Sumi ink, gesso and acrylic inks
Wabi-sabi, the quality of things that suggests a natural process, vulnerable to effects of time, weathering, human treatment, yet still possessing poetry, poise and strength of character. (Many of us folks of a certain age hope that this might refer to us). It is the quality of things that are indifferent to conventional good taste, maybe even the product of some (lucky) accident.
Wabi-sabi does not profess to be important or the center of attention. It is understated and yet has a quiet authority. It may be coarse or unrefined, but in an earthy way, rich in raw texture and tactile sensation. It is vague, blurry, subtle with earthy tones or smoky hues, infinite glorious grays and browns and blacks and sometimes silver rusts and green browns.
Simplicity is at its core, a sober modesty pared down to the essence, without removing the inherent poetry.
(To learn more about Wabi-sabi, coming to us of course from Japanese culture, you might want to read Wabi-Sabi for Artists, Designers, Poets + Philosophers by Leonard Koren)
. . .or try playing with black inks on white paper as we are doing in Muse Groups this weekend.
As I starting reading this little book, which we’ve had on our shelves for a while now, I kept thinking Yes! Yes! this is exactly what we are trying to do in the Muse Groups. We allow natural processes to evolve without forcing them. We spin poetry out of accidental occurances. We throw caution to the wind and thumb our noses at artistic convention. We champion the accidents of art making. We love soft edges blooming on wet surfaces and do nothing to draw attention to ourselves, but rather take these sublime art accidents as contemplations to dive deeper into new and thoroughly wabi-sabi destinations!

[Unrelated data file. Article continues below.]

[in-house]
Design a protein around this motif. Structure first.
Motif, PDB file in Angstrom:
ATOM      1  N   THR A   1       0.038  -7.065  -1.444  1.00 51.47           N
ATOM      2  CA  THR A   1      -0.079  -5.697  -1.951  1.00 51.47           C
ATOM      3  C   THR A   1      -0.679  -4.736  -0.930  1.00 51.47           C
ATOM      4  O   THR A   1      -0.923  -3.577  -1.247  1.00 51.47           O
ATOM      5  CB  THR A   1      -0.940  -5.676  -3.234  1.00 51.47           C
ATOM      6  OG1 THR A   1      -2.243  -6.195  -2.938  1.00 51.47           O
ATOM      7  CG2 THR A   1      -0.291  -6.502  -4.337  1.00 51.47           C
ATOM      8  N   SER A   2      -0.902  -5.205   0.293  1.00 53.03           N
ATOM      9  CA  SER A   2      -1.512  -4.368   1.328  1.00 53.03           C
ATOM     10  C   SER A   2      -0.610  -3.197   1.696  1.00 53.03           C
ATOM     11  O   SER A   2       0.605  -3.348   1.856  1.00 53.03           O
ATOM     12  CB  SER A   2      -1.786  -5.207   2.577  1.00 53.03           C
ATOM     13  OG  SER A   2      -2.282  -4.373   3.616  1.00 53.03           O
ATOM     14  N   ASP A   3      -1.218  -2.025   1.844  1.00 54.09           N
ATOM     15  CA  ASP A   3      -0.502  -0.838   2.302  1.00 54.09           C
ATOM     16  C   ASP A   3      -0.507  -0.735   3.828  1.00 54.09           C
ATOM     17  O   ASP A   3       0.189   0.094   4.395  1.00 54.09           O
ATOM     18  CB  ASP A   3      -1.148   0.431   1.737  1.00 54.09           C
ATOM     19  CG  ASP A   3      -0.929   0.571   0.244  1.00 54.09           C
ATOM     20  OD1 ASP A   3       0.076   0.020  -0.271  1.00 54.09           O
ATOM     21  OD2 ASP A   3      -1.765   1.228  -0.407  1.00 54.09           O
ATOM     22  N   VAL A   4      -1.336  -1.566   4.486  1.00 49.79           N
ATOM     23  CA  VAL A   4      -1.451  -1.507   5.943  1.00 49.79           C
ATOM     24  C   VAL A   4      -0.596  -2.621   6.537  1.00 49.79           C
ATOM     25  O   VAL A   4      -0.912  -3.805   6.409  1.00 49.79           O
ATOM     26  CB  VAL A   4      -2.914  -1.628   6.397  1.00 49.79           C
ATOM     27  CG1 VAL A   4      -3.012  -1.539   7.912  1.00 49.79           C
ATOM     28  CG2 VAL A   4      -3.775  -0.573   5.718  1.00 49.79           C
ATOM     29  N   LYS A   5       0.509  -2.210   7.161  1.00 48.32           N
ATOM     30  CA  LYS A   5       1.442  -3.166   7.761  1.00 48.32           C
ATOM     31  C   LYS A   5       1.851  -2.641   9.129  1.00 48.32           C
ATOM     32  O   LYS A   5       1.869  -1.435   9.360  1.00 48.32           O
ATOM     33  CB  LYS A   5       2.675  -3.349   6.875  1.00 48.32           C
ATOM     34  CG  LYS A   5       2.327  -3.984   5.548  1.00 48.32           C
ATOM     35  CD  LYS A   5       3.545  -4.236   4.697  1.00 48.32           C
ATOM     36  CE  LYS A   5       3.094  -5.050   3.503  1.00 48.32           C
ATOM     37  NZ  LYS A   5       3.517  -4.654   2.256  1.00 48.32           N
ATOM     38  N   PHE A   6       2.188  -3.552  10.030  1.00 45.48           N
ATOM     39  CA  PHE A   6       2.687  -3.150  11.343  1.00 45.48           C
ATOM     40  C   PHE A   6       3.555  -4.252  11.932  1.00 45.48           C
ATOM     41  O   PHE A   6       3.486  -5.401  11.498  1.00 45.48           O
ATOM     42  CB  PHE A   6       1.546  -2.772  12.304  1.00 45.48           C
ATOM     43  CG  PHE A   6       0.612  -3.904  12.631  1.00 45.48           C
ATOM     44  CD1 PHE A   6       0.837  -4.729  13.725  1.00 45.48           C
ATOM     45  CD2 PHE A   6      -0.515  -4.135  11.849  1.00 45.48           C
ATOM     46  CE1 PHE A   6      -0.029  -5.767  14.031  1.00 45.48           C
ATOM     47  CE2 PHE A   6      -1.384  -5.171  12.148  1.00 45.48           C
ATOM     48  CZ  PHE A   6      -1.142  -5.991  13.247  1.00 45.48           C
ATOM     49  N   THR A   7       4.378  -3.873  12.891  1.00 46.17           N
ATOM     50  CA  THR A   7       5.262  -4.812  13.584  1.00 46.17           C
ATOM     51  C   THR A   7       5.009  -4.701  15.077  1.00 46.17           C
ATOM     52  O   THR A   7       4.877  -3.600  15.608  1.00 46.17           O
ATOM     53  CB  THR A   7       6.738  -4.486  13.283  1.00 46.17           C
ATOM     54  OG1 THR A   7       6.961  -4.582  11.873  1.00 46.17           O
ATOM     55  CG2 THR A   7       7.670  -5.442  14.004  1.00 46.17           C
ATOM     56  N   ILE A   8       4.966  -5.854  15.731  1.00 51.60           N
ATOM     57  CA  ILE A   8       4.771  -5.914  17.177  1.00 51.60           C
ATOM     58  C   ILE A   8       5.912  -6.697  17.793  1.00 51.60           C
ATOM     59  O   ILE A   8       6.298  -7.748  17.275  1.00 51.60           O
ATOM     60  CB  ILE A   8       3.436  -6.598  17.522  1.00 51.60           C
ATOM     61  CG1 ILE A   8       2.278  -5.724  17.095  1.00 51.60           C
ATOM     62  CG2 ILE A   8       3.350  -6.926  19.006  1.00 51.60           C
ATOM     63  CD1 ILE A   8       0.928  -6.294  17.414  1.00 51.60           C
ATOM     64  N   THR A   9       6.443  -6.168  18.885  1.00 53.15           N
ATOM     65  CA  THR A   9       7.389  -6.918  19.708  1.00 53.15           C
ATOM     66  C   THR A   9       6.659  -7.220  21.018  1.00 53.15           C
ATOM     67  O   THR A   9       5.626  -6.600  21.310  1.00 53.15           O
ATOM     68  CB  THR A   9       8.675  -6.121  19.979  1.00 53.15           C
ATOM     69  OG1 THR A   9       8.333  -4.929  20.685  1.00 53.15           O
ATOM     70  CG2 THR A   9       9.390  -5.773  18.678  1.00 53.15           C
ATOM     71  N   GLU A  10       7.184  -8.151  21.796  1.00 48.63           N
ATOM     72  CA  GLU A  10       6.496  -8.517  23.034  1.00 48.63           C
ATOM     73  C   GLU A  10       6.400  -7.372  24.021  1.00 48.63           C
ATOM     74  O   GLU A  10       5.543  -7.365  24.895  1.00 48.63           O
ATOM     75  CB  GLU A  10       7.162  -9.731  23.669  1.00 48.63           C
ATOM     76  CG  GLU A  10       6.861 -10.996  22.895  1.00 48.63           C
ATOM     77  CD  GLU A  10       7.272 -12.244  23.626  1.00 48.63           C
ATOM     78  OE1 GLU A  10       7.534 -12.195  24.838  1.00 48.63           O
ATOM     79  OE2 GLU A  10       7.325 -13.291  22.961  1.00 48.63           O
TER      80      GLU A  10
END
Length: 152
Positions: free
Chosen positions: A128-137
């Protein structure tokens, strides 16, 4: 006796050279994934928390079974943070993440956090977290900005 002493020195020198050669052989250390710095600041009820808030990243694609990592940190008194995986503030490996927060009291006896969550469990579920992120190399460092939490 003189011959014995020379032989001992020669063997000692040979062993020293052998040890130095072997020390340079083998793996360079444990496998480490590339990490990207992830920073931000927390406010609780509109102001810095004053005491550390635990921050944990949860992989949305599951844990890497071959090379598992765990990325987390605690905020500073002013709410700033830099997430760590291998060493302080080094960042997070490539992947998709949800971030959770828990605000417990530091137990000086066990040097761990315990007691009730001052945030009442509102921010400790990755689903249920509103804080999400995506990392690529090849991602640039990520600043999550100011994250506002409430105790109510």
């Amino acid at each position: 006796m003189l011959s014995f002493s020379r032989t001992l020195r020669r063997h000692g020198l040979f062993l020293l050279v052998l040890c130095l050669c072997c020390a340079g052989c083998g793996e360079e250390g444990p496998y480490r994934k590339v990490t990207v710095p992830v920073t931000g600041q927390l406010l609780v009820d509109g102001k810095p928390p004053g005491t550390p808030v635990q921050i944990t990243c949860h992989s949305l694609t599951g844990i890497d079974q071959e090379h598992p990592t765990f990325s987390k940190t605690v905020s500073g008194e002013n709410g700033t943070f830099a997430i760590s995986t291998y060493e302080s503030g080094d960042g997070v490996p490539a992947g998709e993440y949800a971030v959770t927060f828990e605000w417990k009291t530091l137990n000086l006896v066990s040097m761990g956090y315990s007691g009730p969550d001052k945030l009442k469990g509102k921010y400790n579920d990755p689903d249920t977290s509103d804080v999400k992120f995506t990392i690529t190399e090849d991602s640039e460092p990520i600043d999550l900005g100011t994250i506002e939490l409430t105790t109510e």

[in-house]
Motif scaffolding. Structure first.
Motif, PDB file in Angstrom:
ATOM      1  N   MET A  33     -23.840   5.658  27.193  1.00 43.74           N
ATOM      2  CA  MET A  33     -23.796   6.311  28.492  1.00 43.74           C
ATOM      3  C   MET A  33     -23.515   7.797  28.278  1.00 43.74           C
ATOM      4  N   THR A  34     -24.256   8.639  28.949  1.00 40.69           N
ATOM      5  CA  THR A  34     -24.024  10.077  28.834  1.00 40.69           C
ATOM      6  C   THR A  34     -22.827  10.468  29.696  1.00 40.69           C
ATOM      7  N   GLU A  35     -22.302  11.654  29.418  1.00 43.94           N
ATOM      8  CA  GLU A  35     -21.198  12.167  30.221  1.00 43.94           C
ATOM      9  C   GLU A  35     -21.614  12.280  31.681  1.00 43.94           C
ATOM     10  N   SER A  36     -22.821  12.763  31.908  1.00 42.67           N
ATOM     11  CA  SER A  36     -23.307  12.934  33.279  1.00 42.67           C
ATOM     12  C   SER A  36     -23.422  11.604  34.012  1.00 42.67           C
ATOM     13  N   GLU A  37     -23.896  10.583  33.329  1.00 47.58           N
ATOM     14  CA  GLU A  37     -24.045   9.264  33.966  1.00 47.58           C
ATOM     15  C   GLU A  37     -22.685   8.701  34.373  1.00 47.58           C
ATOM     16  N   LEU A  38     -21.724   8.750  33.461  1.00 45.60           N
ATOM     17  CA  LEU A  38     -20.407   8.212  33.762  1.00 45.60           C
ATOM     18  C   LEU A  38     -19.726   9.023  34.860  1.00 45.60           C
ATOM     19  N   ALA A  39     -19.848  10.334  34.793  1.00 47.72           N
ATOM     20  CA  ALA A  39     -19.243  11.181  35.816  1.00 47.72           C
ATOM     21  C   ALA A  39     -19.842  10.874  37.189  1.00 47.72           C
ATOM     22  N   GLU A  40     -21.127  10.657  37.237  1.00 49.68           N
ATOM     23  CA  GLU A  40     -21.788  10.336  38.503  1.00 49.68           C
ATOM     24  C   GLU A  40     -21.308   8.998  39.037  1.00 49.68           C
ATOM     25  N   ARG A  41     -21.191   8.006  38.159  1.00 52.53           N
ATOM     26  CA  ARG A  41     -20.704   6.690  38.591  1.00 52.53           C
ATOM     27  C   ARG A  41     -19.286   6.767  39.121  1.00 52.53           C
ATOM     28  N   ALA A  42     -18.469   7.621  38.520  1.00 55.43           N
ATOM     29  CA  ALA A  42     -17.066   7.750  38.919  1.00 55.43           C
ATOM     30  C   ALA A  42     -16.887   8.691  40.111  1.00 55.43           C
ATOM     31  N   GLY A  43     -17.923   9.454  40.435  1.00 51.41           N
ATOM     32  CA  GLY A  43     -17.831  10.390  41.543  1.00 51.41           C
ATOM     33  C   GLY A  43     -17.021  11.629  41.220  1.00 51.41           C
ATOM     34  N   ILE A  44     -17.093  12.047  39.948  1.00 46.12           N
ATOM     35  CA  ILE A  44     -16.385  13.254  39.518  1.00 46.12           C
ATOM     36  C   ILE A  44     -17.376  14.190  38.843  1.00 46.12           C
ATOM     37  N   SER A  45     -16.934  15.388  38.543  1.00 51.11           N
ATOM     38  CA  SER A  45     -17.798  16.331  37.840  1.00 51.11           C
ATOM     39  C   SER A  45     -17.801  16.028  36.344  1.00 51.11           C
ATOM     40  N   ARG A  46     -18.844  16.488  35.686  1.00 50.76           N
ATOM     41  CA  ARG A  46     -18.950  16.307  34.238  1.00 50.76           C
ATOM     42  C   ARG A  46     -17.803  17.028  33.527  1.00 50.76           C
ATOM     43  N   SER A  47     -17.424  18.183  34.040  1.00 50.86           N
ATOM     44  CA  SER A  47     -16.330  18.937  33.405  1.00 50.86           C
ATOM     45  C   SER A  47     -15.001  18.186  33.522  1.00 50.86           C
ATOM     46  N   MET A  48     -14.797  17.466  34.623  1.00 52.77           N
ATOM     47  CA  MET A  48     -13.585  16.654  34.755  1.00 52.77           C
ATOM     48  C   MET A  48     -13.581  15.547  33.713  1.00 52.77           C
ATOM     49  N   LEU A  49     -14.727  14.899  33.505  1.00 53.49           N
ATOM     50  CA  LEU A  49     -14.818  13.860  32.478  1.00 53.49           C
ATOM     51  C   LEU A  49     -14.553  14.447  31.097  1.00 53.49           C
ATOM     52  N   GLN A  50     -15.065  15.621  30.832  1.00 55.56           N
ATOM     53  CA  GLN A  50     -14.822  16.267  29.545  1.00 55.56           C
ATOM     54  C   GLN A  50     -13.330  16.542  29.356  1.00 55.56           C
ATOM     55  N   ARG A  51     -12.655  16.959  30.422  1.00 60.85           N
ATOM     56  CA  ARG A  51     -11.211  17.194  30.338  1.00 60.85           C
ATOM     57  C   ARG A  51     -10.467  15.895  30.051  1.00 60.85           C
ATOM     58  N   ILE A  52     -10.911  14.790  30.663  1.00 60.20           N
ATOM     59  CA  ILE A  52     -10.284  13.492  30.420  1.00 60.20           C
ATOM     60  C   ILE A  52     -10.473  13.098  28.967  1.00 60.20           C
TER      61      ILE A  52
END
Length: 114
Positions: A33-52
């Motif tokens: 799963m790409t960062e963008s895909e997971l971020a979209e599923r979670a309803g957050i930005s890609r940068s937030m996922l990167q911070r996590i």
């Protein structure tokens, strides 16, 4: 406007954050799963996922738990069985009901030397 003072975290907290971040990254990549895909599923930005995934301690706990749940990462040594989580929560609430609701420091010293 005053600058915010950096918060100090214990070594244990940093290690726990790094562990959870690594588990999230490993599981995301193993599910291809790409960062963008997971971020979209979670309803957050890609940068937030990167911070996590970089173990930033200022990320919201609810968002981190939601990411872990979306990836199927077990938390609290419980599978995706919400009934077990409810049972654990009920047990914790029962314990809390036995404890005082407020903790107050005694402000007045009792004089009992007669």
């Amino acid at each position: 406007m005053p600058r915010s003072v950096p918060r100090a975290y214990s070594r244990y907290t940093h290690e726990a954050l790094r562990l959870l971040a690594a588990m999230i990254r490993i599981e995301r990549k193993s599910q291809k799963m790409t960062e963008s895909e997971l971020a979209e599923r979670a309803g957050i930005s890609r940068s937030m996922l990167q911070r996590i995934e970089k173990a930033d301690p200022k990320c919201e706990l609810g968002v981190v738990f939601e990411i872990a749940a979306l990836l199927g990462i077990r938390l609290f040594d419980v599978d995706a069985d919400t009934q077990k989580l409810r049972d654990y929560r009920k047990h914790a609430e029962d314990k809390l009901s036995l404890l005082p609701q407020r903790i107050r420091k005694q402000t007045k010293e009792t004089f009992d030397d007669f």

And so, my new love is wabi-sabi. And I set about looking for all the ways to make black ink do the wabi-sabi. . .
. . .like finger and palm prints and painting the ink through tissue paper and rollering it through gesso and more!
the identity machine charges fingerprints as entry fees
step inside, you might be surprised-
starting with sexual identity
yes, the girl kind and there’s more
don’t be afraid
we all have them
embarrassing ones we try to conceal
yet here they emerge in steady flow
on the conveyor belt, mixed in
with Christmas cookies and plastic toys,
the greed you keep stuffed in your wallet
the envy you put make up on
the superiority you alternate with inferiority
never seeming to get it right
don’t be afraid of the identity machine
it will churn out the candies along with the rest
. . .and perhaps no one will notice